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PROCEDURE - Trials

Wednesday, June 13, 2018 @ 8:17 AM  


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Appeal by the Provincial Crown from a decision dismissing an application for prerogative relief. The respondent was charged with impaired driving. The alleged offence took place in a district where the position of provincial court judge was vacant due to a retirement. The respondent brought a Charter application for exclusion of evidence. On the date of the hearing, the judge providing coverage for two courts ordered the witnesses, the accused, and counsel to appear in Clarenville and he would hear evidence and argument by video-conference from his home courtroom. The judge raised concern about the work load he had with regard to trials at two Provincial Court locations, the four-hour drive he would have to make to attend court in Clarenville, and the fact that the case involved a summary conviction offence. Crown and defence counsel objected to the process proposed for the conduct of the voir dire with respect to the admissibility of the testimony of the arresting officer. The judge rejected the objection and ultimately denied the accused’s Charter application based on the testimony of the investigating police officer heard by the judge via video-conference. The Crown brought an application by way of certiorari, prohibition and mandamus, seeking to quash the decision of the Provincial Court judge. The application was dismissed on the basis that s. 4 of the Provincial Court Act, 1991, provided authority for conduct of the hearing remotely.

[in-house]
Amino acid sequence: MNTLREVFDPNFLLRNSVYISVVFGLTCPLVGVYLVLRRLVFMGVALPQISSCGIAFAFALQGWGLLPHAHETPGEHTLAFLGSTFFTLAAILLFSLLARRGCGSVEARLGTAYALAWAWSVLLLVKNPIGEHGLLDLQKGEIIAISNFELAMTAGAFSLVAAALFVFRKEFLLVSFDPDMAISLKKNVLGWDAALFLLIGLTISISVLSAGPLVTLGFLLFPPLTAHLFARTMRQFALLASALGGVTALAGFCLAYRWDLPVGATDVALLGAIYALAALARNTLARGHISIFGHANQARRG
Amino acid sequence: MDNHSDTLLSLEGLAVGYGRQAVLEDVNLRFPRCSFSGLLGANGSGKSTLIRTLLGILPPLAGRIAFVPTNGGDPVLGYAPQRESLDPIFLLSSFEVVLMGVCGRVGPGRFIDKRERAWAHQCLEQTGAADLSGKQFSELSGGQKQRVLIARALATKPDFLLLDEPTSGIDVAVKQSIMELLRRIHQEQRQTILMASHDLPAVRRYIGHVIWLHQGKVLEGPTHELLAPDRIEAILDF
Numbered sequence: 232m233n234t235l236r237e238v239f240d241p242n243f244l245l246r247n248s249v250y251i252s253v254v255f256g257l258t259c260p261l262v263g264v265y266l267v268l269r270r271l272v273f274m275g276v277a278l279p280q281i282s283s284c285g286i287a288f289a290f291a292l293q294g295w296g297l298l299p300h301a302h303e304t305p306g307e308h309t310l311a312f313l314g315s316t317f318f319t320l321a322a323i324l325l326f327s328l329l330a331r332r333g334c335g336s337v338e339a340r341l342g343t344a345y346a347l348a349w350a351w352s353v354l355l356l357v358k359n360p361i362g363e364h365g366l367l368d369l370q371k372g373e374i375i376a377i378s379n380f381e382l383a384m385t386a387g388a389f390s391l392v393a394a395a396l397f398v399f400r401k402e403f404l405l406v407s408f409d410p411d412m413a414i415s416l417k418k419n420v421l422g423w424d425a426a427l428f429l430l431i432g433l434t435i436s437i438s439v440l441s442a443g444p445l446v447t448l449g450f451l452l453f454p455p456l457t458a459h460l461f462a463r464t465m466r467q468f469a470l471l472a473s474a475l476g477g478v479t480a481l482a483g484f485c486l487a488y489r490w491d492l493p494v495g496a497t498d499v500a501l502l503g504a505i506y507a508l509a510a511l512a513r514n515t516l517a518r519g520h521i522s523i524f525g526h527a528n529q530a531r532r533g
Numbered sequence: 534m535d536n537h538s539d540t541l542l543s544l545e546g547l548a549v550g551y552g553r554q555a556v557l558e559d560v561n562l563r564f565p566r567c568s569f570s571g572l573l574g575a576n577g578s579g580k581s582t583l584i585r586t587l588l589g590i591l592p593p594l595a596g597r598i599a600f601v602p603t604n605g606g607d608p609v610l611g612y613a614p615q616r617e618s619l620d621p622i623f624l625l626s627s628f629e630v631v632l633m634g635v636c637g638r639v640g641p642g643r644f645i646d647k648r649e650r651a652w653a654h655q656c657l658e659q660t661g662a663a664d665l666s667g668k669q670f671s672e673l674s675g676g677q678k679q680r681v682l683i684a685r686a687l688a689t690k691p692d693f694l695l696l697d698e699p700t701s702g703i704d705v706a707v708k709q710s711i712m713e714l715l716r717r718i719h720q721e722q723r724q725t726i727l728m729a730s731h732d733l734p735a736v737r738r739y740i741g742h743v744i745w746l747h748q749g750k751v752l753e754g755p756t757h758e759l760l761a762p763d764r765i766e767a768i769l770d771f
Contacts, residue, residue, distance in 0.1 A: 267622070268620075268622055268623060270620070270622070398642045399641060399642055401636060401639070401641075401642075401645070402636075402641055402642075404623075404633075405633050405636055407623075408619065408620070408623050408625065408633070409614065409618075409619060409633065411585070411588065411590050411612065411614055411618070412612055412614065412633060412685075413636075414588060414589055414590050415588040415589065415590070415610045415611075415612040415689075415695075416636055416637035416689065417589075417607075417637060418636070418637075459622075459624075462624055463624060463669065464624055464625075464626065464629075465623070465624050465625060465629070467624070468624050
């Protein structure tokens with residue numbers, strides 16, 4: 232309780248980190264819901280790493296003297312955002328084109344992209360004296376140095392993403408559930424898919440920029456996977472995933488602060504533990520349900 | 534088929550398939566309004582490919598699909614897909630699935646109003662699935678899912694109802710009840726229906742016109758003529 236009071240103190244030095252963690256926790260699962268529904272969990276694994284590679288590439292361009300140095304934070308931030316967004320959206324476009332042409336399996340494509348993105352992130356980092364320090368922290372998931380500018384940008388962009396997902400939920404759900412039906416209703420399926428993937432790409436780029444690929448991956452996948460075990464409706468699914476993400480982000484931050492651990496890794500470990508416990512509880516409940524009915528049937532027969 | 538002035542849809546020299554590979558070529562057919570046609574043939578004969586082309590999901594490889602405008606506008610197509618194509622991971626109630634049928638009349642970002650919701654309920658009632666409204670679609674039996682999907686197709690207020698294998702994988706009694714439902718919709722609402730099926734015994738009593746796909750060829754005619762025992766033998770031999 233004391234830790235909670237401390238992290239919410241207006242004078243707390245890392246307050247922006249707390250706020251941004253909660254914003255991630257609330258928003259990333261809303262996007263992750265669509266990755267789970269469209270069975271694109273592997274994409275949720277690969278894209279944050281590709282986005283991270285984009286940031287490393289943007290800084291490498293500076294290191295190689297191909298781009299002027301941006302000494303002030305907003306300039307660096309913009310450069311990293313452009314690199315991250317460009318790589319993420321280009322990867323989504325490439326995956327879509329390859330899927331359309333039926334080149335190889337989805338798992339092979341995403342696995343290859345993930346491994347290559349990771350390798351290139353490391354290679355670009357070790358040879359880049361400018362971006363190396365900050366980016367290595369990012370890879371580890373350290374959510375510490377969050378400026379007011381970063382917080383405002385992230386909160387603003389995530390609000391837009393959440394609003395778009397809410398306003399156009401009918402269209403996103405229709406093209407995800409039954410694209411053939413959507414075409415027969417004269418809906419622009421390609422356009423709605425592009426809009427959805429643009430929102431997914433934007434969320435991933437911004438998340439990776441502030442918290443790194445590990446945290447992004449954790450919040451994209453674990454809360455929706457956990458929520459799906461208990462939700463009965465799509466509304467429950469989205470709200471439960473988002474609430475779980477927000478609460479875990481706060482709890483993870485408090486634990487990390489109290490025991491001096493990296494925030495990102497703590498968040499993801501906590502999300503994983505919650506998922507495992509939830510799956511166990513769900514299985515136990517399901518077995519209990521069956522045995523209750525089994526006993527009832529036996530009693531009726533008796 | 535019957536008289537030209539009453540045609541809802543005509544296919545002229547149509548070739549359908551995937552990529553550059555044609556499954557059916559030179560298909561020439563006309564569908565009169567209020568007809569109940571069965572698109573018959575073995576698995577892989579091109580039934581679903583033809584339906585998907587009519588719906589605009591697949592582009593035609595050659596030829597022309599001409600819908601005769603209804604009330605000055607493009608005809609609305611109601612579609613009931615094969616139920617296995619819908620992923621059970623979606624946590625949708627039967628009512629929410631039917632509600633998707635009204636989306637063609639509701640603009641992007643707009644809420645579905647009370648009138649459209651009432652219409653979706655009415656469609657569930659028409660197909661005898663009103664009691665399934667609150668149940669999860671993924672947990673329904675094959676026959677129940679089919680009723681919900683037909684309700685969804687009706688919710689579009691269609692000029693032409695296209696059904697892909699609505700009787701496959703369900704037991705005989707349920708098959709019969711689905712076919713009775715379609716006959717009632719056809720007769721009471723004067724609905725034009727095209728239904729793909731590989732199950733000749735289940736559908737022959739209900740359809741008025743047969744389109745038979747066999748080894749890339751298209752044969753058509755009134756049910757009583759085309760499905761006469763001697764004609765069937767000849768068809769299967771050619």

HELD: Appeal dismissed. The law did leave room for the trial judge in a criminal matter to exercise a discretion to appear by video in an exceptional case as long as the purposes of s. 650 of the Criminal Code were met. The focus of the analysis in a case where the judge wished to appear by video must be trial fairness and access to justice, not mere convenience. In this case, it could be said that any right of confrontation recognized under Canadian law was not impaired to the extent that the respondent was able to physically face the arresting officer in person. The only evidence given at the hearing in Clarenville was that of the police officer. Given the nature of the hearing in this matter and the evidence having been offered by the officer in the physical presence of the respondent and counsel, it would not appear that there was any impairment of the evidence receiving process such that the judge was unable to make a full and proper evaluation of the evidence. There was also no impairment of the defence’s ability to cross-examine. While the judge considered a number of irrelevant factors in determining whether to appear by video, in the exceptional circumstances of there being a judicial vacancy in Clarenville and the long travel time between the two courts which was causing matters to be cancelled in both courts, the Supreme Court judge did not err in upholding the decision by the Provincial Court judge to conduct the voir dire hearing through his virtual presence at his court room. The procedure did not render the Charter application hearing unfair.

R. v. Newfoundland and Labrador (Provincial Court, Judge), [2018] N.J. No. 156, Newfoundland and Labrador Court of Appeal, May 8, 2018. Digest No. TLD-June112018005